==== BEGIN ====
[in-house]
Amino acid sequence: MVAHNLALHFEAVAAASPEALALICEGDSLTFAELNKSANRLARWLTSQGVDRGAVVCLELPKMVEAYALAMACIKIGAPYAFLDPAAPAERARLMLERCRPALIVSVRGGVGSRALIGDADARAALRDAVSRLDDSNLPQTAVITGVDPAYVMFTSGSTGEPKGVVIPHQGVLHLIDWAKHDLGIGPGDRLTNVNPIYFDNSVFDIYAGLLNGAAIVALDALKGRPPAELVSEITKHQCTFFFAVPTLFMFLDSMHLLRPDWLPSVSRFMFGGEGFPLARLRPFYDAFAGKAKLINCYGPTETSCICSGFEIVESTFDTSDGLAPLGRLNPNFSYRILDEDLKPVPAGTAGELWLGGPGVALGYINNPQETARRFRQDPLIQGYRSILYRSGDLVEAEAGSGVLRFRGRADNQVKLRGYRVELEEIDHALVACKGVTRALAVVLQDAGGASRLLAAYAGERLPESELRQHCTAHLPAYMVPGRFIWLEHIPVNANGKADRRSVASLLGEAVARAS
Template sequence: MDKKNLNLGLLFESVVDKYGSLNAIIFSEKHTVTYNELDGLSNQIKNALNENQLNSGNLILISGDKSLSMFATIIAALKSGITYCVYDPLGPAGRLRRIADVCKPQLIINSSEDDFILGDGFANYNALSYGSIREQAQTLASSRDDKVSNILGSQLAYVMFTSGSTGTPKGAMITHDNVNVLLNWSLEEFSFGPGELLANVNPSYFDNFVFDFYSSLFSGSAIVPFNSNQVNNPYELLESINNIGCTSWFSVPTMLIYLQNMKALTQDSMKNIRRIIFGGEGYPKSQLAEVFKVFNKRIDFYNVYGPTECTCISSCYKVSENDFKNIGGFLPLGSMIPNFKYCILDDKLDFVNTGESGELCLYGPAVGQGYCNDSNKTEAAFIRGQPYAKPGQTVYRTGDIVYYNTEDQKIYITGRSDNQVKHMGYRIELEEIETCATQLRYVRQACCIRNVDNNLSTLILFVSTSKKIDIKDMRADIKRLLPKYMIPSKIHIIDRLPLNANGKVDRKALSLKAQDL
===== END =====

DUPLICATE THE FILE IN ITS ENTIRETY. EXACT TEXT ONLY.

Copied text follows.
[in-house]
Amino acid sequence: MVAHNLALHFEAVAAASPEALALICEGDSLTFAELNKSANRLARWLTSQGVDRGAVVCLELPKMVEAYALAMACIKIGAPYAFLDPAAPAERARLMLERCRPALIVSVRGGVGSRALIGDADARAALRDAVSRLDDSNLPQTAVITGVDPAYVMFTSGSTGEPKGVVIPHQGVLHLIDWAKHDLGIGPGDRLTNVNPIYFDNSVFDIYAGLLNGAAIVALDALKGRPPAELVSEITKHQCTFFFAVPTLFMFLDSMHLLRPDWLPSVSRFMFGGEGFPLARLRPFYDAFAGKAKLINCYGPTETSCICSGFEIVESTFDTSDGLAPLGRLNPNFSYRILDEDLKPVPAGTAGELWLGGPGVALGYINNPQETARRFRQDPLIQGYRSILYRSGDLVEAEAGSGVLRFRGRADNQVKLRGYRVELEEIDHALVACKGVTRALAVVLQDAGGASRLLAAYAGERLPESELRQHCTAHLPAYMVPGRFIWLEHIPVNANGKADRRSVASLLGEAVARAS
Template sequence: MDKKNLNLGLLFESVVDKYGSLNAIIFSEKHTVTYNELDGLSNQIKNALNENQLNSGNLILISGDKSLSMFATIIAALKSGITYCVYDPLGPAGRLRRIADVCKPQLIINSSEDDFILGDGFANYNALSYGSIREQAQTLASSRDDKVSNILGSQLAYVMFTSGSTGTPKGAMITHDNVNVLLNWSLEEFSFGPGELLANVNPSYFDNFVFDFYSSLFSGSAIVPFNSNQVNNPYELLESINNIGCTSWFSVPTMLIYLQNMKALTQDSMKNIRRIIFGGEGYPKSQLAEVFKVFNKRIDFYNVYGPTECTCISSCYKVSENDFKNIGGFLPLGSMIPNFKYCILDDKLDFVNTGESGELCLYGPAVGQGYCNDSNKTEAAFIRGQPYAKPGQTVYRTGDIVYYNTEDQKIYITGRSDNQVKHMGYRIELEEIETCATQLRYVRQACCIRNVDNNLSTLILFVSTSKKIDIKDMRADIKRLLPKYMIPSKIHIIDRLPLNANGKVDRKALSLKAQDL